The system was unavailable for 48 minutes. Post restoration the system performance was degraded for several hours. Customers also experienced issues with background operations caused by processing delay or complete halt in some cases.
Mews monitoring tools created an automatic alert of highest priority and paged the on-call engineer. Engineer started investigation. After several minutes of degraded system performance, Mews services became unresponsive causing an outage. This caused the website traffic to drop to zero. In the absence of any official communication from Microsoft about this outage, identification of the root cause took longer, approximately 35 minutes. This led to issues in an increased number of Mews services. Meanwhile the system remained unavailable.
On identification of the root cause being unavailability of our primary database, a failover to the secondary infrastructure, in place for such scenarios, was initiated. The failover got the system back up and running although with significantly degraded performance, which was caused by comparatively less powerful failover infrastructure configuration.
In order to mitigate this performance issue, an upgrade of the less performing services was initiated to match the primary region configuration. This took much longer than normally expected, over 5 hours. Meanwhile several Mews clients began contacting Mews Customer Support, as they were unaware of the outage and didn’t know about the Mews status page, leading to overload of issues for Mews Customer Support.
- Azure SQL Database service outage.
- Received alerts did not clarify that the problem was with Azure SQL Database. This led to a false pursuit for a while, as engineers suspected an issue with a different service in the Mews infrastructure.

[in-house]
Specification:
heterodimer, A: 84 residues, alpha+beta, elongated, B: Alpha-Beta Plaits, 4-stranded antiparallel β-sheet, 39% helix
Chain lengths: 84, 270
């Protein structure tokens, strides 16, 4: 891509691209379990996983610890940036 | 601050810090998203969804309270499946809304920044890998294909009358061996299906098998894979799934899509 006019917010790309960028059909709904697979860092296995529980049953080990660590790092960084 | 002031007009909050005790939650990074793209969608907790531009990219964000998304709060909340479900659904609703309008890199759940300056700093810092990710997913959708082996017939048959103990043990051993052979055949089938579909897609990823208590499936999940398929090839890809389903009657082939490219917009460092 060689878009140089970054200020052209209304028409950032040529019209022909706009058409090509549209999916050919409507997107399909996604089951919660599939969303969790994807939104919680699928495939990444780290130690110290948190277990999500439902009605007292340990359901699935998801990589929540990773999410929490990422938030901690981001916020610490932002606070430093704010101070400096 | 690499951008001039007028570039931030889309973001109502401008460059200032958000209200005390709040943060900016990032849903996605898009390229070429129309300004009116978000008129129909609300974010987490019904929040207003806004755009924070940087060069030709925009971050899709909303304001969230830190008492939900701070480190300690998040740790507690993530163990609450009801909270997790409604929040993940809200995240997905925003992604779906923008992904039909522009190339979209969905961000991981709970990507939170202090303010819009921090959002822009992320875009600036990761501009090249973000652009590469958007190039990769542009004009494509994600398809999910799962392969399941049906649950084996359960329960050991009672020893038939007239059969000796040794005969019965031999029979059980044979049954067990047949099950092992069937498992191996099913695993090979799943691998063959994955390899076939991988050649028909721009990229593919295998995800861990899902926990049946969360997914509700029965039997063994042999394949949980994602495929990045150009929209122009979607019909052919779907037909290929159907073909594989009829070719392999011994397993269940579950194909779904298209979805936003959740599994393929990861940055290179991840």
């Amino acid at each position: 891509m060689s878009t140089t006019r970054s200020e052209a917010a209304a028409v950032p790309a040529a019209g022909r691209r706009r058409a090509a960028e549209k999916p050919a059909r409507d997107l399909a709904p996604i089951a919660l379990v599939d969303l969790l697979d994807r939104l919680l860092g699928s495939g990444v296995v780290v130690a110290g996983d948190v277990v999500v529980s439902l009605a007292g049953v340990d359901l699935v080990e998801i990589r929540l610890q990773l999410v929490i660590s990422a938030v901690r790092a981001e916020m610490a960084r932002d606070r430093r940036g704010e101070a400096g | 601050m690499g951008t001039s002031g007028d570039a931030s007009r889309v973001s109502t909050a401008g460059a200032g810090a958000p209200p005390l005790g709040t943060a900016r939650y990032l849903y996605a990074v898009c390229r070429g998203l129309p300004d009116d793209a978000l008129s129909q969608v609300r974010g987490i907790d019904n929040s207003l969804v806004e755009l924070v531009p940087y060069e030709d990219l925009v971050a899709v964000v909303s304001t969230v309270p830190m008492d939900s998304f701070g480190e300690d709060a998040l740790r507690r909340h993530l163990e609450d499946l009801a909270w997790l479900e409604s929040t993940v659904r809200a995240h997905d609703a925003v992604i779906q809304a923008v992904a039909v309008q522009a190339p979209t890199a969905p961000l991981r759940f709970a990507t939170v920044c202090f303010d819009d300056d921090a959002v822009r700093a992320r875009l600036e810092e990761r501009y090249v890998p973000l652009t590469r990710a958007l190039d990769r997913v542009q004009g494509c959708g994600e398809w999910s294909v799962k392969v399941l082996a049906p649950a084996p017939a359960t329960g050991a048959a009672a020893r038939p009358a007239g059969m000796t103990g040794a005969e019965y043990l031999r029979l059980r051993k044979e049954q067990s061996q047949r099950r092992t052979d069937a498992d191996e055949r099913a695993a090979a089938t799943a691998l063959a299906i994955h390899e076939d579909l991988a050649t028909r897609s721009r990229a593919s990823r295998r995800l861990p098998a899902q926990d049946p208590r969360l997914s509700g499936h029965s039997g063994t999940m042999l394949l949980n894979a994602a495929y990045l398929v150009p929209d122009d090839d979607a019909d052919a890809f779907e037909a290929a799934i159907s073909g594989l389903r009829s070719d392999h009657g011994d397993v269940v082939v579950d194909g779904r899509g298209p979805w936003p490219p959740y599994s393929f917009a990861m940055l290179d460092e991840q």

- The official Azure Status page did not reveal any outage information for a considerable time.
- Failover infrastructure in secondary region running on less powerful configuration.
- The failover region infrastructure took more than 5.5 hours to scale up, much longer than previously experienced during a database tier upgrade.
- We were not notified about our background processing being stuck.
- System’s inability to degrade gracefully under excessive load. In hindsight, it is better to drop non-critical workload when underlying resources are slow to keep up.
- The database failover to secondary region is a manual process in Azure Portal.
- Multiple background operations processing remained in an “In progress” state and were not picked up for processing.
- We are not utilizing zone redundancy for the SQL databases.
- Mews has less visibility into the failover infrastructure performance.
- In spite of regular status page updates, some clients continued to contact Mews Support and visited the company website for more information.
- The product content team was later involved in crafting the status page message updates. This was an ad-hoc decision and their role in the incident resolution process is not documented.
- The status page was updated at regular intervals, although it became the incident response team’s responsibility to remember the next due update.
- We are most likely not utilizing the StatusPage service fully.